Shoot the Wounded

It is so like us to think we know better than everyone else, isn’t it? After all we make our choices based on the best information we have and are convinced that what’s best for us is best for everyone.

The best car to drive, the best school for our kids to attend (or to home school), the best doctor and medical treatment to pursue, the best political party to vote for, whether or not to vaccinate your kids or not, or to stay married, separate or divorce.

Say what?

I listened to the hurting heart of a woman the other day who had divorced and she was upset because other would say things to her kids about the “why” of the divorce. A “why” that the gossipers didn’t even know. Saying she had an affair (not true). Her kids knew the truth but hearing others cast false aspersions on their mother without knowing the facts of the divorce, was painful for them and her.

Oh, and these were “Christians”.

She said “If someone wants to know why I divorced, they should just ask me, but no one does.”

I told her, “In my opinion, it’s none of my business. If you want to share it with me, great, but I don’t need to know what happened and I have no right to judge you because I didn’t walk in your shoes.”

Got that? I didn’t live in her house, in her marriage, and face the challenges she did. I am not the one responsible before God for her choices (or that of her spouse) either. She and her ex-husband are. I can pray for them in their hurt, that God can somehow be glorified in the midst of the pain and brokenness and maybe even bring about reconciliation if that’s his will. But I have no right to judge her or treat her with disrespect because of her divorced status.

If she had come to me before the breakup and we had talked I might have been able to encourage her to stay. I’m pro-marriage. But I’ve done that before with women and listened and prayed and still watched them walk away. I still don’t judge because I knew the depth of the pain and suffering they had endured. I also know that divorce brings its own ugly set of problems. It is not a path to be undertaken lightly.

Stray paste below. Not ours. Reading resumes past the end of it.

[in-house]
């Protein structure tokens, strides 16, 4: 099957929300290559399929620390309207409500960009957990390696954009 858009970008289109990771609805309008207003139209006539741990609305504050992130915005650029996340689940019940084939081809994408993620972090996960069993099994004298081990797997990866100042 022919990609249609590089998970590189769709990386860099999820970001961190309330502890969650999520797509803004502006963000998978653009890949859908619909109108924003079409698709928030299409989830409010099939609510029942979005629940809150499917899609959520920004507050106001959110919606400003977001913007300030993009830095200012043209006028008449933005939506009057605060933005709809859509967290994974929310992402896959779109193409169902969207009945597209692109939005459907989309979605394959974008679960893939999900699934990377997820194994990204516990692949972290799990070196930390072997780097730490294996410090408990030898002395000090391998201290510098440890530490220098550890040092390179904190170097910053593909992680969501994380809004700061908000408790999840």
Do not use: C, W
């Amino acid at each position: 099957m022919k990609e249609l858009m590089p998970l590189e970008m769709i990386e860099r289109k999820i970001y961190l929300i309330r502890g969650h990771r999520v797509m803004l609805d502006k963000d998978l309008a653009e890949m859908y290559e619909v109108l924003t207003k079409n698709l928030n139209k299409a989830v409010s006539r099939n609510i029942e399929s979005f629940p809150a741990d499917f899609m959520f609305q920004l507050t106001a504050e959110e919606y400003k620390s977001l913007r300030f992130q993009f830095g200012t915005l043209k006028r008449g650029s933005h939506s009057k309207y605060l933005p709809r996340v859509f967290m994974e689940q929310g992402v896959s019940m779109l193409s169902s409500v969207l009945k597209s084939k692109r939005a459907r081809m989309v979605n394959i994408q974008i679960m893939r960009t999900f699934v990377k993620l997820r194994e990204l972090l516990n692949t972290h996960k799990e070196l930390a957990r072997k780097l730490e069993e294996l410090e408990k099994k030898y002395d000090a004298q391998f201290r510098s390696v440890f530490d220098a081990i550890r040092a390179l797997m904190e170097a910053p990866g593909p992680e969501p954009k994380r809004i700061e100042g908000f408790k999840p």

The irony is how quickly some Christians will recommend divorce to people in difficult marriages (and look down on them for staying). So we tell people to divorce but then we condemn them when they do.  Bi-polar Christianity? Lord, please save us from well-intentioned Christians!

And gossip. Let’s not forget that ALL sin is detestable to God. ALL SIN. Gossip being one of them. And slander. Telling others that someone had an affair when you don’t know that for a fact – well it’s slander. Gossip is as much a sin in God’s eyes as divorce is.

If we are to be brothers and sisters in Christ, we need to have compassion. Yes, call out sin but do it to that person, one on one (Matthew 18 anyone?), you don’t blab it to all and sundry. Beyond that, pray for them. Support them as human beings who need to know and understand God’s love in the midst of their pain. Be Christ to them.

Now, if they are persisting in sin and are unrepentant about what’s happening, then don’t be a party to that. If you see someone hurting, be careful not to judge them. If you want to know the story, ask, but be prepared then to extend Christ’s love even if you don’t agree with their choices. If necessary speak the truth in love. In spite of what they may tell you, you still didn’t live in that house, in that marriage and I suspect much will be left unsaid.

What about you? Any thoughts on this? Have you felt the weight of condemnation from well intentioned “Christians?” I know I have.

Lilly Grace


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